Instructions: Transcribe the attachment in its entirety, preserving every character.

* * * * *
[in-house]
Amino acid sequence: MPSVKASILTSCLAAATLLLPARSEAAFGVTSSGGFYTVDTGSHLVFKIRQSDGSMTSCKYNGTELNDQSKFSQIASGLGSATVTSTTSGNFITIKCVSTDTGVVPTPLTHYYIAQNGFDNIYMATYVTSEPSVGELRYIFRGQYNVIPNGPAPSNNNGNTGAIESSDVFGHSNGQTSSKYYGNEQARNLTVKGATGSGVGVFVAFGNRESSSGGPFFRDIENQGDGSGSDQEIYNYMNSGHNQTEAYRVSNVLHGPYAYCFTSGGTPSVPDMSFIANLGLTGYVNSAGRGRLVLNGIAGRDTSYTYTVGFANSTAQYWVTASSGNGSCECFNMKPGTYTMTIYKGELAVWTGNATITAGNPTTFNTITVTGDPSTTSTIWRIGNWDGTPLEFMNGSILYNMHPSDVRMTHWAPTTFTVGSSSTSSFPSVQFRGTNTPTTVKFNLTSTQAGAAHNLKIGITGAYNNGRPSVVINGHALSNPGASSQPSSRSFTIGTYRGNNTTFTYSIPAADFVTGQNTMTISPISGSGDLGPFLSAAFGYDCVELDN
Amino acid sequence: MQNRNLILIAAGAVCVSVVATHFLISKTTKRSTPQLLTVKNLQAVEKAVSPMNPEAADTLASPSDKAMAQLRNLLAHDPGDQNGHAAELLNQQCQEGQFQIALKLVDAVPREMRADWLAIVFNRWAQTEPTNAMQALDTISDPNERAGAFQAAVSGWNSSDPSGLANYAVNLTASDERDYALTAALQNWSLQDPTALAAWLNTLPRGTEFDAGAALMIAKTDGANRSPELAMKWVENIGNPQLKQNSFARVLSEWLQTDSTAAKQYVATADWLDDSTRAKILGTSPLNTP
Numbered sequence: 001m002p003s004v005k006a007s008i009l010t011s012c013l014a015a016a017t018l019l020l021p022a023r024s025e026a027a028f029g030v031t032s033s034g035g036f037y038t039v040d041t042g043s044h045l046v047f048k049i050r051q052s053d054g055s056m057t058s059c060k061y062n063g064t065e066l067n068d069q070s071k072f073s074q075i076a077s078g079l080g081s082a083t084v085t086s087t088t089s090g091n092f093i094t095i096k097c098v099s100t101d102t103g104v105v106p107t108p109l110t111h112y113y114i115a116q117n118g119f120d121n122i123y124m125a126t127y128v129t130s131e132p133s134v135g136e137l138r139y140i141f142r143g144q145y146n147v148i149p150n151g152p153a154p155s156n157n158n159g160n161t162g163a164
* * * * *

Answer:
[in-house]
Amino acid sequence: MPSVKASILTSCLAAATLLLPARSEAAFGVTSSGGFYTVDTGSHLVFKIRQSDGSMTSCKYNGTELNDQSKFSQIASGLGSATVTSTTSGNFITIKCVSTDTGVVPTPLTHYYIAQNGFDNIYMATYVTSEPSVGELRYIFRGQYNVIPNGPAPSNNNGNTGAIESSDVFGHSNGQTSSKYYGNEQARNLTVKGATGSGVGVFVAFGNRESSSGGPFFRDIENQGDGSGSDQEIYNYMNSGHNQTEAYRVSNVLHGPYAYCFTSGGTPSVPDMSFIANLGLTGYVNSAGRGRLVLNGIAGRDTSYTYTVGFANSTAQYWVTASSGNGSCECFNMKPGTYTMTIYKGELAVWTGNATITAGNPTTFNTITVTGDPSTTSTIWRIGNWDGTPLEFMNGSILYNMHPSDVRMTHWAPTTFTVGSSSTSSFPSVQFRGTNTPTTVKFNLTSTQAGAAHNLKIGITGAYNNGRPSVVINGHALSNPGASSQPSSRSFTIGTYRGNNTTFTYSIPAADFVTGQNTMTISPISGSGDLGPFLSAAFGYDCVELDN
Amino acid sequence: MQNRNLILIAAGAVCVSVVATHFLISKTTKRSTPQLLTVKNLQAVEKAVSPMNPEAADTLASPSDKAMAQLRNLLAHDPGDQNGHAAELLNQQCQEGQFQIALKLVDAVPREMRADWLAIVFNRWAQTEPTNAMQALDTISDPNERAGAFQAAVSGWNSSDPSGLANYAVNLTASDERDYALTAALQNWSLQDPTALAAWLNTLPRGTEFDAGAALMIAKTDGANRSPELAMKWVENIGNPQLKQNSFARVLSEWLQTDSTAAKQYVATADWLDDSTRAKILGTSPLNTP
Numbered sequence: 001m002p003s004v005k006a007s008i009l010t011s012c013l014a015a016a017t018l019l020l021p022a023r024s025e026a027a028f029g030v031t032s033s034g035g036f037y038t039v040d041t042g043s044h045l046v047f048k049i050r051q052s053d054g055s056m057t058s059c060k061y062n063g064t065e066l067n068d069q070s071k072f073s074q075i076a077s078g079l080g081s082a083t084v085t086s087t088t089s090g091n092f093i094t095i096k097c098v099s100t101d102t103g104v105v106p107t108p109l110t111h112y113y114i115a116q117n118g119f120d121n122i123y124m125a126t127y128v129t130s131e132p133s134v135g136e137l138r139y140i141f142r143g144q145y146n147v148i149p150n151g152p153a154p155s156n157n158n159g160n161t162g163a164